2012 Vancouver Whitecaps Preview: Sky's The Limit, But Hardly Guaranteed

VANCOUVER, BC - MARCH 19: Eric Hassli #29 of the Vancouver Whitecaps FC celebrates his goal and the Whitecaps first inaugural goal against the Toronto FC during their match March 19, 2011 in Vancouver, British Columbia, Canada. (Photo by Jeff Vinnick/Getty Images)

The Whitecaps underwent some serious changes during their first MLS offseason, but it's still an open question how well it will come together in 2012.

Vancouver Whitecaps

2011 record (finish): 6-18-10, 9th West, 18th MLS

Key additions: LB/RB Lee Young-pyo, CB Martin Bonjour, MF Barry Robson, MF Matt Watson, MF Jun Marques Davidson, FW Sebastien Le Toux, FW Darren Mattocks

Key losses: GK Jay Nolly, MF Shea Salinas, MF Peter Vagenas, MF Nizar Khalfan

Projected starting XI:
Rochat - DeMerit - Bonjour - Lee
Camilo - Davidson - Koffie - Harris
Mattocks - Hassli

Bold prediction: The Whitecaps will be consistently a tier below MLS's top teams but will still be the league's most improved side in 2012, mounting a convincing playoff charge and winning the Canadian championship.

Biggest fear: That the use of decent veteran depth players like Matt Watson, Jun Marques Davidson, and Atiba Harris could crowd out some of Vancouver's exciting young talent in the forms of Russell Teibert, Bryce Alderson, and Gershon Koffie, leading to little improvement for 2013.

What are the Vancouver Whitecaps going to bring in 2012? Well, if I could promise an answer to that I'd quit blogging and start guessing lottery numbers.

The Whitecaps have a bright new coach of limitless potential in Martin Rennie. There are an exciting array of new players, a few of whom are quality prospects and the rest proven factors in good professional leagues. There are few big names (aside from MLS star Sebastien Le Toux and South Korean legend Lee Young-pyo, of course) but a load of quality players at every position bolstered by a couple real game-changers. On paper it can look awfully formidable: a lineup capable of withstanding fatigue and injuries and throwing punches with anybody. Why not go from Wooden Spoon to MLS Cup?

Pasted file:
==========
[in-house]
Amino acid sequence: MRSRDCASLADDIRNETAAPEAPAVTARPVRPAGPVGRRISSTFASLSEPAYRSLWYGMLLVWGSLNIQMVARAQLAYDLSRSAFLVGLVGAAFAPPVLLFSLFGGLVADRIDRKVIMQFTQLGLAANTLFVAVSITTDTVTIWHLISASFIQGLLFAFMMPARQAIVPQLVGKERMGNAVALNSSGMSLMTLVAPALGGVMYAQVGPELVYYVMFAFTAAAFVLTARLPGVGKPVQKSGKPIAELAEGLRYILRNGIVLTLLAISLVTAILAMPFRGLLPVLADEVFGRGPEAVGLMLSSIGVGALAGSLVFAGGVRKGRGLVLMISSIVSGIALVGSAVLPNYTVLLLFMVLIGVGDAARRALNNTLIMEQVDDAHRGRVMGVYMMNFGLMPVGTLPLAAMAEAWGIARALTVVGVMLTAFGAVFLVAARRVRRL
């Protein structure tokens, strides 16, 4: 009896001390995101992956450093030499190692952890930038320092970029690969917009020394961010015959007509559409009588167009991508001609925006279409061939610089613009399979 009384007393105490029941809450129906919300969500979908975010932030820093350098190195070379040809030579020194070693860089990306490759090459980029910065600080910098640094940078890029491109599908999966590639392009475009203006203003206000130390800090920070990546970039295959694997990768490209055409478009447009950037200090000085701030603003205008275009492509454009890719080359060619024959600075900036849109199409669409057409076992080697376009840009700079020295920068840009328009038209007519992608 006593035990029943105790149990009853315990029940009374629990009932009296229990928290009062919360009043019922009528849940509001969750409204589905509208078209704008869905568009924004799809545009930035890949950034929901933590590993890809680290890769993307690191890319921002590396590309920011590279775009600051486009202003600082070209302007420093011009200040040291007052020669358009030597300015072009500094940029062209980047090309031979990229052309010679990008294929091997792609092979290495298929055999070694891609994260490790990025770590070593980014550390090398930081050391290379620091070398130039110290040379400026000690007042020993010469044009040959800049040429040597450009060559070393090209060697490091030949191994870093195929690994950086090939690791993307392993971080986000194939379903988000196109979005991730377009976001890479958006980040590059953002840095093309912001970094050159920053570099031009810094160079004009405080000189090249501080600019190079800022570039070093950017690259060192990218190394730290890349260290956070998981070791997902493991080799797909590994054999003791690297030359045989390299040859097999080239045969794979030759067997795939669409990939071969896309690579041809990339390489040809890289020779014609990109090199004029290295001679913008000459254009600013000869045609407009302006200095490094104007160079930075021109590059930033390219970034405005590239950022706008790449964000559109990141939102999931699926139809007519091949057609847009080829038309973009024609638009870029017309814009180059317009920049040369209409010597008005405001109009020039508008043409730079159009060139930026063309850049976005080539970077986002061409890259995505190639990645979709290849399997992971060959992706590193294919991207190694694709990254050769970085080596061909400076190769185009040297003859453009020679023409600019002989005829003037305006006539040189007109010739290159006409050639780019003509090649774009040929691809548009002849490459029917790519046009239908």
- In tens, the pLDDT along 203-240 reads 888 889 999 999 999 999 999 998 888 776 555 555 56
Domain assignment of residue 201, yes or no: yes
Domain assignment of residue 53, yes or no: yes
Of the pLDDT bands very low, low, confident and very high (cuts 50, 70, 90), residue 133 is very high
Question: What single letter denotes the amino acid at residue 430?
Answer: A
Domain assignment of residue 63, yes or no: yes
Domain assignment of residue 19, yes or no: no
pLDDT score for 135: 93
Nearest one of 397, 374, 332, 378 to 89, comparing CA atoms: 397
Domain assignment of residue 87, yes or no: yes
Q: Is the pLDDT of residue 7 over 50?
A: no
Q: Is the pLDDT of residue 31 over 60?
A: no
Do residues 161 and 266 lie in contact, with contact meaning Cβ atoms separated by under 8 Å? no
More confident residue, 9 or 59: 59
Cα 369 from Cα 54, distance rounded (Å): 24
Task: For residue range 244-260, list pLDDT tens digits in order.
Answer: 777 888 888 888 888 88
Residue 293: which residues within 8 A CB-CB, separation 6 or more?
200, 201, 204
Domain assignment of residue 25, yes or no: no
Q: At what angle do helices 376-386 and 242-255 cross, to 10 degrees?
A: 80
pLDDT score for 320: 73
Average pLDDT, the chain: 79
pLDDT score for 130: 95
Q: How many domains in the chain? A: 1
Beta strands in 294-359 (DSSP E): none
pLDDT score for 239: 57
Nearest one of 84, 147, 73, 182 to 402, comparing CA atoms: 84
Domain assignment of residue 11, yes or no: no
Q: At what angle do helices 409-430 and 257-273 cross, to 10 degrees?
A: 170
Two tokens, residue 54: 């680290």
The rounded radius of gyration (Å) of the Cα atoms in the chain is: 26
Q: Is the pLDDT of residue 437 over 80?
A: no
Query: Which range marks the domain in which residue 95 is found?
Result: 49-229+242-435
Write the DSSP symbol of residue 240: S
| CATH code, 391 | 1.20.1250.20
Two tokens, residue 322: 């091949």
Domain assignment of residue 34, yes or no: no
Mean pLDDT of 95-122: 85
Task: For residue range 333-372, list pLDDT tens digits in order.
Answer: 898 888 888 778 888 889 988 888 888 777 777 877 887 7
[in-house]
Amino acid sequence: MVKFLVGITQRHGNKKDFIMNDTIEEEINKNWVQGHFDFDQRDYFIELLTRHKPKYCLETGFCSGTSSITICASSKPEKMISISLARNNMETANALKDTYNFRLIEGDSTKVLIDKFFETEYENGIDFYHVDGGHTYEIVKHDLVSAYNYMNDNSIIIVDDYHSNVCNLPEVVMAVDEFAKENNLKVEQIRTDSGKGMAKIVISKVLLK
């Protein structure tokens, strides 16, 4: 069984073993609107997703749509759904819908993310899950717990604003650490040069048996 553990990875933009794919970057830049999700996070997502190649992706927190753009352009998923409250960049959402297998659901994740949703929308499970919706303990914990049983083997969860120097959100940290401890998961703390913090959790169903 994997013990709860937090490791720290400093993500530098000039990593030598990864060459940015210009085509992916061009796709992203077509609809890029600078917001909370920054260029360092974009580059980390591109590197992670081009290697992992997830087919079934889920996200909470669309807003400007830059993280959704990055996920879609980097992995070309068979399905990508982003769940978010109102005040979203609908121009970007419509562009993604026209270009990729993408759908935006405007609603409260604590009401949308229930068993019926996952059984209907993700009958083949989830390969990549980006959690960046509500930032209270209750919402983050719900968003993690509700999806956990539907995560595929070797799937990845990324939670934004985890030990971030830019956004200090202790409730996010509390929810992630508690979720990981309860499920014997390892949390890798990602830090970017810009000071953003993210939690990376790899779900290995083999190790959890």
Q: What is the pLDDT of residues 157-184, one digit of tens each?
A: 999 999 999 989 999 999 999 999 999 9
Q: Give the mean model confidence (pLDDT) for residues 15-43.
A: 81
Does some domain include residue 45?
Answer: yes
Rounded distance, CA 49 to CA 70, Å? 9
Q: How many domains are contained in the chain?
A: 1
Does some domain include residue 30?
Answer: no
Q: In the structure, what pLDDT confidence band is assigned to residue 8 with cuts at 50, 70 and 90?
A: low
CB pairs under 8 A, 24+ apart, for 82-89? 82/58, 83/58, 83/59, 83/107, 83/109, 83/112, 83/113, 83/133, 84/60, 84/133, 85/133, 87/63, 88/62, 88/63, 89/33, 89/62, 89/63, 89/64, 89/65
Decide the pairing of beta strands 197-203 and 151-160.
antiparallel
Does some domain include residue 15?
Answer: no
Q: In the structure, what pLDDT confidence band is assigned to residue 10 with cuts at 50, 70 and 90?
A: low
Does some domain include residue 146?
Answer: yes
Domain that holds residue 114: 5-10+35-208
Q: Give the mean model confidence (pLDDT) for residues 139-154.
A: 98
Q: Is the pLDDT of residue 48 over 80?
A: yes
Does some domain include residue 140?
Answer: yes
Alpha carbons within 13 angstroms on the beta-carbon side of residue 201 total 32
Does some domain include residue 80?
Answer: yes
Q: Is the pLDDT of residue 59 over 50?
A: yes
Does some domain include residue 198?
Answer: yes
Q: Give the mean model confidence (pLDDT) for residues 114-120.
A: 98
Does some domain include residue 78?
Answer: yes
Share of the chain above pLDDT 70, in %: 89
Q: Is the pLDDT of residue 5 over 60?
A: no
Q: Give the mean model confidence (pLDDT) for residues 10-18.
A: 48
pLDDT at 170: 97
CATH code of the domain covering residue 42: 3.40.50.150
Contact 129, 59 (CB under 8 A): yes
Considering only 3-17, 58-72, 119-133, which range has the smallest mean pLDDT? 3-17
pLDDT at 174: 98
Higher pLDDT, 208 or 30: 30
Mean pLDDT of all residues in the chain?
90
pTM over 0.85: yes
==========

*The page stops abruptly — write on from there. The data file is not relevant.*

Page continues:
Then again, many of those experienced professionals come from the NASL and not every player, however talented, can make the transition successfully. Question marks abound, again, at every position. Is Joe Cannon a little old and injury-prone? Is Martin Bonjour just Greg Janicki with an import tag? Can Jay DeMerit keep it together for an entire season? Did we see the real Eric Hassli in the first half of last year when he scored like hell and terrorized the league, or in the second half when he played 60 isolated minutes before being mercy-killed? Can Davide Chiumiento play consistent professional soccer, can Omar Salgado and Darren Mattocks play professional soccer period... not a lot would have to go wrong for this team to start warming up another top-two draft pick.

It may average out to a decent run at a playoff spot. Rennie's had his doubters every time he's stepped up a notch but he hasn't coached a bad team yet. His formula hasn't changed much: at every stop he's brought in players he's familiar with, kept those capable of playing at a new level and discarded the ones who aren't without much ceremony. His more cerebral and psychological approach to coaching seems to appeal to the players. It's hard not to be optimistic as a fan, but reviewing the roster with a jaded eye reasons for cynicism leap out.

This is MLS. No team is perfect. But almost all of them have more known quantities on their roster and in their organization than the Whitecaps do. This season could go so many ways it's almost intimidating.

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